The case for increasing the retirement age of judges

It will bring the Indian judiciary in line with the norm worldwide

July 31, 2018 12:15 am | Updated 12:32 am IST

The issue of increasing the age of retirement for judges featured in the Venkatachaliah Report (Report of the National Commission to review the working of the Constitution) as early as 2002. A half-hearted attempt was made in 2010 to bring in the Constitution (114th Amendment) Bill to raise the retirement age of High Court judges to 65 from 62 years. The amendment never came through. The idea of increasing the age of retirement, which has gained traction in recent times, has now been brought into sharp focus by Justice Kurian Joseph of the Supreme Court.

The case in Western democracies

A retirement age of around 70 for judges is commonplace in most Western liberal democracies. Some of them even opt for tenures for life. In the Supreme Court of the United States, and in constitutional courts in Austria and Greece, judges are appointed for life. In Belgium, Denmark, Ireland, the Netherlands, Norway and Australia, the retirement age for judges is 70 years. Judges in Canada and Germany retire at 75 and 68, respectively.

For good reasons, the time has come for India to consider increasing the retirement age for judges of the High Courts and the Supreme Court to 70. This will have significant benefits. Senior serving judges will bring with them years of experience.

The judge-population ratio in India is among the lowest in the world at 19.66 judges per million (10 lakh) people as of today. In 2016, the U.K. had 51 judges per million people, the U.S. had 107, Australia had 41, and Canada had 75.

It is also necessary to increase the number of judges in the pool to enable the judiciary to deal with the enormous pendency of cases. The Chief Justice of India, Dipak Misra, recently expressed concern over the backlog touching 3.3 crore cases. According to National Judicial Data Grid data, more than 2.84 crore cases are pending in the subordinate courts, 43 lakh cases are pending before the High Courts, and 57,987 cases are pending before the Supreme Court. The fact that judges in India are retiring at 62 and 65 years is not helping alleviate this problem either. We are losing judges who are trained by time and experience well before their prime. If legislations provide for retired High Court and Supreme Court judges to man tribunals till the age of 70, there is no reason why these judges should be retired so early.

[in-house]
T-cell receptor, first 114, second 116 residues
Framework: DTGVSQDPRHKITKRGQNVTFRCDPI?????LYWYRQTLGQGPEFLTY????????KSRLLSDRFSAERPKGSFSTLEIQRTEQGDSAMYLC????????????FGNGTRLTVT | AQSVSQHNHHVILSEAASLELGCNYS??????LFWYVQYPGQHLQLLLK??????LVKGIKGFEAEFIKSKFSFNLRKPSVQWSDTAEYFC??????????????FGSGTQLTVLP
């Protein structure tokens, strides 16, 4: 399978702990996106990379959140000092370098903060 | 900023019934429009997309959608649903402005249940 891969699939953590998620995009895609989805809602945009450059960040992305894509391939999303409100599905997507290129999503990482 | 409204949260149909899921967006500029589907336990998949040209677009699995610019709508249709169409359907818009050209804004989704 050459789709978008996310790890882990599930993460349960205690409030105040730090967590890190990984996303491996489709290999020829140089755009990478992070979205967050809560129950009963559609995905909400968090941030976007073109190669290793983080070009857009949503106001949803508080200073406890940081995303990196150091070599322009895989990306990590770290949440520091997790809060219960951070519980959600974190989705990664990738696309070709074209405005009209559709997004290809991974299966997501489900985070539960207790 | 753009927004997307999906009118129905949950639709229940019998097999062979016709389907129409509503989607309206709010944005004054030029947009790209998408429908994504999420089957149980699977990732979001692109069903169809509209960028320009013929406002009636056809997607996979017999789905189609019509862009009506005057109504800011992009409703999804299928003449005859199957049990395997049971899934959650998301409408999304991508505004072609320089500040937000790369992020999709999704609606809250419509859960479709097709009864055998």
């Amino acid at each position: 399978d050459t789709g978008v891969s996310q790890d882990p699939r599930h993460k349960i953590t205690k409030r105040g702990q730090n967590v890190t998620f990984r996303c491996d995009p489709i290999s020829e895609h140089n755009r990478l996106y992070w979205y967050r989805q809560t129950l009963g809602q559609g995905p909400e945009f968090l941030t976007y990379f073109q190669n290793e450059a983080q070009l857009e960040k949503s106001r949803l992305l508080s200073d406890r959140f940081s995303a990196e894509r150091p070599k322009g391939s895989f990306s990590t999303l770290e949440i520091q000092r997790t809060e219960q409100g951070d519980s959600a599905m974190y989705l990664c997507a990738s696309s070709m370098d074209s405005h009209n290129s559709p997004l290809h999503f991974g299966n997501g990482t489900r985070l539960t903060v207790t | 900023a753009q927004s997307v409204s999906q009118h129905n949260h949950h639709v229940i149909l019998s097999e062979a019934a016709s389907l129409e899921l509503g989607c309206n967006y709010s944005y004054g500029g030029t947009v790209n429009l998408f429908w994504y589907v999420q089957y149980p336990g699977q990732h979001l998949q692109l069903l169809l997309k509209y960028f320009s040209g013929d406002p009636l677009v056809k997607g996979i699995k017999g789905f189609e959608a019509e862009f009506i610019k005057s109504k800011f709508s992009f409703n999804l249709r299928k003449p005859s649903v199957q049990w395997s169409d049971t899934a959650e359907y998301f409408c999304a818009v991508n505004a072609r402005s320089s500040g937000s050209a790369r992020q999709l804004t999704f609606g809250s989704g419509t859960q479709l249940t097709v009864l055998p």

One aspect which has not been factored in is that as the Indian economy grows, the ratio of litigation to population will increase exponentially. Advanced economies such as Australia, Canada, France, the U.S., the U.K., and Japan have much higher litigation-to- population ratios.

Positive consequences

The issue of increasing the retirement age of judges thus requires serious and immediate consideration and must necessarily move beyond partisan politics. The time has come to deal with the lakhs of cases pending as arrears before the 24 High Courts in India for periods as long as 10-20 years. Pendency does not not only debilitate the justice redress system; it also makes the rule of law a distant dream. More and more litigants now enter the justice redress system without the faintest hope of seeing closure in their lifetimes.

Increasing the age of retirement for Supreme Court and High Court judges has significant advantages. One, it will ensure the continued presence of a strong talent pool of experienced judges. Two, new judges can be appointed without displacing existing judges. Three, it will address the problem of mounting arrears. Four, it will be a buffer against impending litigation explosion. Five, it will render post-retirement assignments unattractive and, as a consequence, strengthen the rule of law and the independence of the judiciary, both of which are crucial to sustain democracy.

Santosh Paul is an advocate in the Supreme Court

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